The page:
Richard Nixon: The Shaping of His Character

By Fawn M. Brodie | Go to book overview
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XXXII

The New York Years

WHEN NIXON UNDERLINED what he himself believed was a definitive break with politics by moving to New York in 1963, he joined what Witcover called "a stodgy antique," the firm of Mudge, Stern, Baldwin and Todd, at a salary of $250,000 a year. His friends, who knew it was impossible for him to drop totally out of politics, did the scouting for him. As one member of the firm told Witcover later, "there just weren't too many places where he could get two hundred and fifty thousand dollars and all his time." 1 But the backwater firm soon became one of the fastest growing on Wall Street. Nixon in the beginning brought in the lucrative Pepsi-Cola account through his friend Donald M. Kendall, as well as the retainer for Robert Abplanalp's Precision Valve Corporation. 2 Later he forced a retraction from a newspaperman who had said he worked for the law firm only one day a week. 3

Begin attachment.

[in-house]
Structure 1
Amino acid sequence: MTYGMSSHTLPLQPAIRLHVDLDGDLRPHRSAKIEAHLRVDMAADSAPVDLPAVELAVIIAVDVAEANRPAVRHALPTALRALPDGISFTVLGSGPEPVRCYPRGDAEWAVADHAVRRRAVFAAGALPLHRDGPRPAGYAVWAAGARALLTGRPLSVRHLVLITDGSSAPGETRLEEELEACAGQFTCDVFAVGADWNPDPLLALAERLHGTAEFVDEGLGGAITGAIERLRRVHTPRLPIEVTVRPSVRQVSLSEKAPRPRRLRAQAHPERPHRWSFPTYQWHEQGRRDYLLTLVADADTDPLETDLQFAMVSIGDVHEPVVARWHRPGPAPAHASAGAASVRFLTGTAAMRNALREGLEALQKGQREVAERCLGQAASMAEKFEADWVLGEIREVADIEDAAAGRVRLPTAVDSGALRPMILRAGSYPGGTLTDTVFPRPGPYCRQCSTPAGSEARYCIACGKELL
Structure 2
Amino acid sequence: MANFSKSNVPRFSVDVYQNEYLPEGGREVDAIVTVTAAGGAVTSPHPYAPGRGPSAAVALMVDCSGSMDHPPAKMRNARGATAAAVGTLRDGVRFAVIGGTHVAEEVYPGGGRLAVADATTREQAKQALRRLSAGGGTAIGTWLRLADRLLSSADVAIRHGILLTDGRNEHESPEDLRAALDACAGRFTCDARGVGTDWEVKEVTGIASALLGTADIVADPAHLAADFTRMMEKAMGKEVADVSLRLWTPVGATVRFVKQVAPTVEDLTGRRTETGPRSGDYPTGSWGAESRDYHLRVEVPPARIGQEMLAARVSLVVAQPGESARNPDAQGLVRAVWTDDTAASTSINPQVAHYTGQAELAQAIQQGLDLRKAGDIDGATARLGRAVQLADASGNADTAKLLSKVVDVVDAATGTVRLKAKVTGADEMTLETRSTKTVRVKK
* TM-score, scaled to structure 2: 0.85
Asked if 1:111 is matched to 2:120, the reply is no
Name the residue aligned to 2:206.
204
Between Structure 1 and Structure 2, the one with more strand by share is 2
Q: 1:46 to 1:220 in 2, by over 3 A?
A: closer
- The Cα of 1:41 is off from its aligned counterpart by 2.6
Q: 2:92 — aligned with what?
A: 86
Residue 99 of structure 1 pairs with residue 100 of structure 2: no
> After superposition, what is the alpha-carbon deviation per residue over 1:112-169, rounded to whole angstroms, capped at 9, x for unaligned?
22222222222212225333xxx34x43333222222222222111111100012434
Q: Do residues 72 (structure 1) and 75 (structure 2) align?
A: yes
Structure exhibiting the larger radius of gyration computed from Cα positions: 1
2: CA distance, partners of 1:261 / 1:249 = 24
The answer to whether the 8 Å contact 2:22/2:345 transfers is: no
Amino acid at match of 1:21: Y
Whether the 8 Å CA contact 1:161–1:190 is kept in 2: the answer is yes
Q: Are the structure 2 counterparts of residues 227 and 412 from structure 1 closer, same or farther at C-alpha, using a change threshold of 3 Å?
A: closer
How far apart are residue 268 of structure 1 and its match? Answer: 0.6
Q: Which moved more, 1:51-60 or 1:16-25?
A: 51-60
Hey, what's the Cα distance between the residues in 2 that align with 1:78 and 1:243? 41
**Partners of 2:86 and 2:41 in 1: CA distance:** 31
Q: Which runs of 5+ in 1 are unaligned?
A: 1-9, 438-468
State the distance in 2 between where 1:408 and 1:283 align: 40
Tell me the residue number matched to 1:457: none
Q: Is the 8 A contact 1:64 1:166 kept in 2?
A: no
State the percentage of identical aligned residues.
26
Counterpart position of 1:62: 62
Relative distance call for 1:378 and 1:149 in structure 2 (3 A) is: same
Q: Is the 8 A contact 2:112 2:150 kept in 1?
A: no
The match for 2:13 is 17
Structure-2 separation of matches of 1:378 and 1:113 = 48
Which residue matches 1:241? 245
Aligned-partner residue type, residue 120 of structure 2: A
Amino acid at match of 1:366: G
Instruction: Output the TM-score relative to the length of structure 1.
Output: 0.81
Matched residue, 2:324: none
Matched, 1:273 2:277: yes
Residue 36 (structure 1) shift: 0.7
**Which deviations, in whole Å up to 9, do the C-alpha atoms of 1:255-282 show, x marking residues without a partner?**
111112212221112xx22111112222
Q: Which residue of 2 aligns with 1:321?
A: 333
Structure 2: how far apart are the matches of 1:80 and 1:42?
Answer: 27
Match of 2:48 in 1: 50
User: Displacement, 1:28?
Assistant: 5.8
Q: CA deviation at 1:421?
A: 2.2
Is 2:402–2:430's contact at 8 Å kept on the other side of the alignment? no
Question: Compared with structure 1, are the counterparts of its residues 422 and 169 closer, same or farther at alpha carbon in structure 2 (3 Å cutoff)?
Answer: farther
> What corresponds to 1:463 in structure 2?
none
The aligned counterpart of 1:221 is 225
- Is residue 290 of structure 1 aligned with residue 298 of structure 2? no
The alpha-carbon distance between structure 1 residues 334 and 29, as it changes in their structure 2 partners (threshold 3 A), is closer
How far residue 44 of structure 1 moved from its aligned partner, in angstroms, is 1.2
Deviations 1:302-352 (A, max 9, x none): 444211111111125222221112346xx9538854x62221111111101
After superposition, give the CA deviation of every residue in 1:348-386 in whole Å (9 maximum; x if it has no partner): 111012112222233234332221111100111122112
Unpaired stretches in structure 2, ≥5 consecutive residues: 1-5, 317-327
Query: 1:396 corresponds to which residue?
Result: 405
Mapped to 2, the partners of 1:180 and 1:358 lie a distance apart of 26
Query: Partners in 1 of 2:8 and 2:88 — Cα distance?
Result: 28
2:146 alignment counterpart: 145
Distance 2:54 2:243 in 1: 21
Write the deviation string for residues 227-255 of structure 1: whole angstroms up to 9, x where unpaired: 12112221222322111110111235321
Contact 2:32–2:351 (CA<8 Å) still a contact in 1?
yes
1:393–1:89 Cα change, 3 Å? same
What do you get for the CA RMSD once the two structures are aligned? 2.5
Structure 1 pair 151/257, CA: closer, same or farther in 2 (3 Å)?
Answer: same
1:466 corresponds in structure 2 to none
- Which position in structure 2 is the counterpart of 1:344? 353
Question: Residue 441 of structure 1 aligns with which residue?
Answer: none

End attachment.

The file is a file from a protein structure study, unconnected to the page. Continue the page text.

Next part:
The Nixons moved into a twelve-room apartment overlooking Central Park at 810 Fifth Avenue, in the same building as Nelson Rockefeller. They paid $135,000 for it, with an annual maintenance of between eight and ten thousand dollars. They put in $50,000 worth of improvements, and sold it in 1968 for $312,000. In the beginning he was described in the press as a "happy New Yorker." He joined the fashionable Metropolitan Club, which gave a reception in his honor. He joined also the Links and Recess Clubs, and country clubs in Westchester and New Jersey. His daughters went to the Chapin school; Tricia later went to Finch College and Julie to Smith. Both were featured in debutante balls in New York. The Nixons went often to the theater. "I like every play I've ever seen," Nixon told Robert Donovan, and added that Aïda was his favorite opera. He was driven to work by a chauffeur in a black Cadillac, so that he would have "an hour extra a day for reading." 4 It was all very orthodox behavior for the very rich. The

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